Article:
@article{osti_1393461,
title = {Gelatin-Derived Graphene–Silicate Hybrid Materials Are Biocompatible and Synergistically Promote BMP9-Induced Osteogenic Differentiation of Mesenchymal Stem Cells},
author = {Zou, Yulong and Qazvini, Nader Taheri and Zane, Kylie and Sadati, Monirosadat and Wei, Qiang and Liao, Junyi and Fan, Jiaming and Song, Dongzhe and Liu, Jianxiang and Ma, Chao and Qu, Xiangyang and Chen, Liqun and Yu, Xinyi and Zhang, Zhicai and Zhao, Chen and Zeng, Zongyue and Zhang, Ruyi and Yan, Shujuan and Wu, Tingting and Wu, Xingye and Shu, Yi and Li, Yasha and Zhang, Wenwen and Reid, Russell R. and Lee, Michael J. and Wolf, Jennifer Moritis and Tirrell, Matthew and He, Tong-Chuan and de Pablo, Juan J. and Deng, Zhong-Liang},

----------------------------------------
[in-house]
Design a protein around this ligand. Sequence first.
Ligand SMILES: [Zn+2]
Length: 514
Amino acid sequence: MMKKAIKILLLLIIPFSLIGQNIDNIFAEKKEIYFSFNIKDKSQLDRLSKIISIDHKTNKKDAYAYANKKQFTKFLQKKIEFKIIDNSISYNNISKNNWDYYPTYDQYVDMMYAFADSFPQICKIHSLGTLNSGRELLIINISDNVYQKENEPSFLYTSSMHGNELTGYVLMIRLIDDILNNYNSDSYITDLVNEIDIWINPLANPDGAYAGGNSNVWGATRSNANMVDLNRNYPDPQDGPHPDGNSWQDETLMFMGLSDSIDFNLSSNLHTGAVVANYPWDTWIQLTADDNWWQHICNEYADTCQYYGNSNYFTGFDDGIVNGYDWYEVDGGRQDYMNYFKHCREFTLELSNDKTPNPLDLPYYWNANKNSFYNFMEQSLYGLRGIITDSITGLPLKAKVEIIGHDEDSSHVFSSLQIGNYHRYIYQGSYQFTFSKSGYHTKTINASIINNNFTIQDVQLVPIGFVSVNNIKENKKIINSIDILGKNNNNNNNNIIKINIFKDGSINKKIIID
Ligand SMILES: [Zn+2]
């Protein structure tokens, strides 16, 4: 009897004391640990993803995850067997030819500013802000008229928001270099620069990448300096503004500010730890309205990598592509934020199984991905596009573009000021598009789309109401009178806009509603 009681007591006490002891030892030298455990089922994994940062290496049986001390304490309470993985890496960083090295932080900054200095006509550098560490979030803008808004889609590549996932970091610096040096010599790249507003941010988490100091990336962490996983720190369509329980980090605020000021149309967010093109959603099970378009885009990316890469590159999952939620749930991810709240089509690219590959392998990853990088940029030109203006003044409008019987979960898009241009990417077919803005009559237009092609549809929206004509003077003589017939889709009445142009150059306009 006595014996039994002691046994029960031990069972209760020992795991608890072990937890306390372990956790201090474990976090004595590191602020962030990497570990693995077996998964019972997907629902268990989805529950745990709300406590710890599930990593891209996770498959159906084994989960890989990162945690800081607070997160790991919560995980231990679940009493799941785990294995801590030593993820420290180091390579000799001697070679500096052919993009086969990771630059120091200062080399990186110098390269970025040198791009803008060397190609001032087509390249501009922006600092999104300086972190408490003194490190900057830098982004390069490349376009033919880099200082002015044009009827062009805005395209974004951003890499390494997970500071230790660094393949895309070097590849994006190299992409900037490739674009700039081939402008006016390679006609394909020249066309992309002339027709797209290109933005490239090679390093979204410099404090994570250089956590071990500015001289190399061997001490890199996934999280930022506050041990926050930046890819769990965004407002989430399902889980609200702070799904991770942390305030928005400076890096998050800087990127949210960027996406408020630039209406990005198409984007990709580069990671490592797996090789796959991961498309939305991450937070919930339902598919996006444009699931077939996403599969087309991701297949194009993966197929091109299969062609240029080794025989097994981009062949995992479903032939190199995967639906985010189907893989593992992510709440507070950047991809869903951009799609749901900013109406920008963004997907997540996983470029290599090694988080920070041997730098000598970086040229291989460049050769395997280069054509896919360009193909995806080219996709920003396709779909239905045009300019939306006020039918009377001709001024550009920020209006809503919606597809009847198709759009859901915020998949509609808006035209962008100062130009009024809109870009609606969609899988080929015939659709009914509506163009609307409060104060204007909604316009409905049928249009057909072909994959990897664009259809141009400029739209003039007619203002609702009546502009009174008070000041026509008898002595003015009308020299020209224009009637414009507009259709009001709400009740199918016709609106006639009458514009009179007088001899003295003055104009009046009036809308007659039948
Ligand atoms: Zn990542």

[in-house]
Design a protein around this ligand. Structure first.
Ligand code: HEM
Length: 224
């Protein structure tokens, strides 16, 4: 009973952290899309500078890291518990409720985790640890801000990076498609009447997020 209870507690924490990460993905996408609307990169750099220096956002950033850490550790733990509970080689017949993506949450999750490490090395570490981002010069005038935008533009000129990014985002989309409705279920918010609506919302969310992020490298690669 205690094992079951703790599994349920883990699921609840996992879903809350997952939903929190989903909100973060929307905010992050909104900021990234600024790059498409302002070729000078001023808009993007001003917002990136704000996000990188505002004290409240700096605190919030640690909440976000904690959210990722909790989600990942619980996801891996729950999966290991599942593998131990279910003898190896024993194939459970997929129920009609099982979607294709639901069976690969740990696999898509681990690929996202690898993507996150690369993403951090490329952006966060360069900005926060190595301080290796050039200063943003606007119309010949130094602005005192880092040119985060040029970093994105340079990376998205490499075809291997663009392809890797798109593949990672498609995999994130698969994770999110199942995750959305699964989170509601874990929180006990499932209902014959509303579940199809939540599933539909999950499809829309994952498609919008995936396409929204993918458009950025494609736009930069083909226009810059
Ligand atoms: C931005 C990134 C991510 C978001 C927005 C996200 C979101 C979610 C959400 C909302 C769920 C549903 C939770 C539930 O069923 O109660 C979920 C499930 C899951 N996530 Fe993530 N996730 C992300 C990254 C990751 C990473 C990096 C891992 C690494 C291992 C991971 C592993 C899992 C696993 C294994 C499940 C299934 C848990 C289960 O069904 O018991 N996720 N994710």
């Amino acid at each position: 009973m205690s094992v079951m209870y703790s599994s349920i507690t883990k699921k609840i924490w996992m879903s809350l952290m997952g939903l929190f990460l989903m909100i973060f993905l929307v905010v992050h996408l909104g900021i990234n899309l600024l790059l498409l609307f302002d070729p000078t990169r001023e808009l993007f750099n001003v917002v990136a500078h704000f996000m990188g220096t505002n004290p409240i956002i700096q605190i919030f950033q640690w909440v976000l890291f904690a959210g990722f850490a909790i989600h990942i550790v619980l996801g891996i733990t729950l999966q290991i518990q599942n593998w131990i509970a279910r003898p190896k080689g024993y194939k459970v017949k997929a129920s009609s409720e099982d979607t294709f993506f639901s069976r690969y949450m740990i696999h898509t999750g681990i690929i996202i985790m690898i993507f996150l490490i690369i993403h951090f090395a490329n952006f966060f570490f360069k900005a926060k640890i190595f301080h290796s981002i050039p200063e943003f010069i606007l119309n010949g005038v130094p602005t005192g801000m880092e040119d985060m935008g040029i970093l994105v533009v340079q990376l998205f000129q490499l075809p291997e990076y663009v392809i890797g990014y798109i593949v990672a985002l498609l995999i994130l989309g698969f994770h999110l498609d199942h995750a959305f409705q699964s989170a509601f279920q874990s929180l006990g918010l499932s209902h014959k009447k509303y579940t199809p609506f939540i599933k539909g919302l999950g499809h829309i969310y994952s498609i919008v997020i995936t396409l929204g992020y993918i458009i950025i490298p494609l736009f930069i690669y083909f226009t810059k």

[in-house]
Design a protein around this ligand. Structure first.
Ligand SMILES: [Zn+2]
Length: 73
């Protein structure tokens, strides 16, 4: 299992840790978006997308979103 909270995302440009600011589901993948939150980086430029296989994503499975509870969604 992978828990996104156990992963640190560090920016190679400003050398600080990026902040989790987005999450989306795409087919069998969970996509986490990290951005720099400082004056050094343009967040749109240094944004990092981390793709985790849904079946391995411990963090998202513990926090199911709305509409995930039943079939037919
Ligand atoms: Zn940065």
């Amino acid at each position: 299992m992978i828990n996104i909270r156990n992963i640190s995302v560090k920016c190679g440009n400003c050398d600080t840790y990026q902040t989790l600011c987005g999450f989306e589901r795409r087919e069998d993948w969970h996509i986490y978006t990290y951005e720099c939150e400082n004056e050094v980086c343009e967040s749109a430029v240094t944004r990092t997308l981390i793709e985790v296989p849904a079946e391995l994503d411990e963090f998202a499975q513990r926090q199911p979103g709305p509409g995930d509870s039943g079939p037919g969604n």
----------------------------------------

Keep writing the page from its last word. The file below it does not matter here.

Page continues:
abstractNote = {Graphene-based materials are used in many fields but have found only limited applications in biomedicine, including bone tissue engineering. Here, we demonstrate that novel hybrid materials consisting of gelatin-derived graphene and silicate nanosheets of Laponite (GL) are biocompatible and promote osteogenic differentiation of mesenchymal stem cells (MSCs). Homogeneous cell attachment, long-term proliferation, and osteogenic differentiation of MSCs on a GL-scaffold were confirmed using optical microscopy and scanning electron microscopy. GL-powders made by pulverizing the GL-scaffold were shown to promote bone morphogenetic protein (BMP9)-induced osteogenic differentiation. GL-powders increased the alkaline phosphatase (ALP) activity in immortalized mouse embryonic fibroblasts but decreased the ALP activity in more-differentiated immortalized mouse adipose-derived cells. Note, however, that GL-powders promoted BMP9-induced calcium mineral deposits in both MSC lines, as assessed using qualitative and quantitative alizarin red assays. Furthermore, the expression of chondro-osteogenic regulator markers such as Runx2, Sox9, osteopontin, and osteocalcin was upregulated by the GL-powder, independent of BMP9 stimulation; although the powder synergistically upregulated the BMP9-induced Osterix expression, the adipogenic marker PPAR gamma was unaffected. Furthermore, in vivo stem cell implantation experiments demonstrated that GL-powder could significantly enhance the BMP9-induced ectopic bone formation from MSCs. Collectively, our results strongly suggest that the GL hybrid materials promote BMP9-induced osteogenic differentiation of MSCs and hold promise for the development of bone tissue engineering platforms.},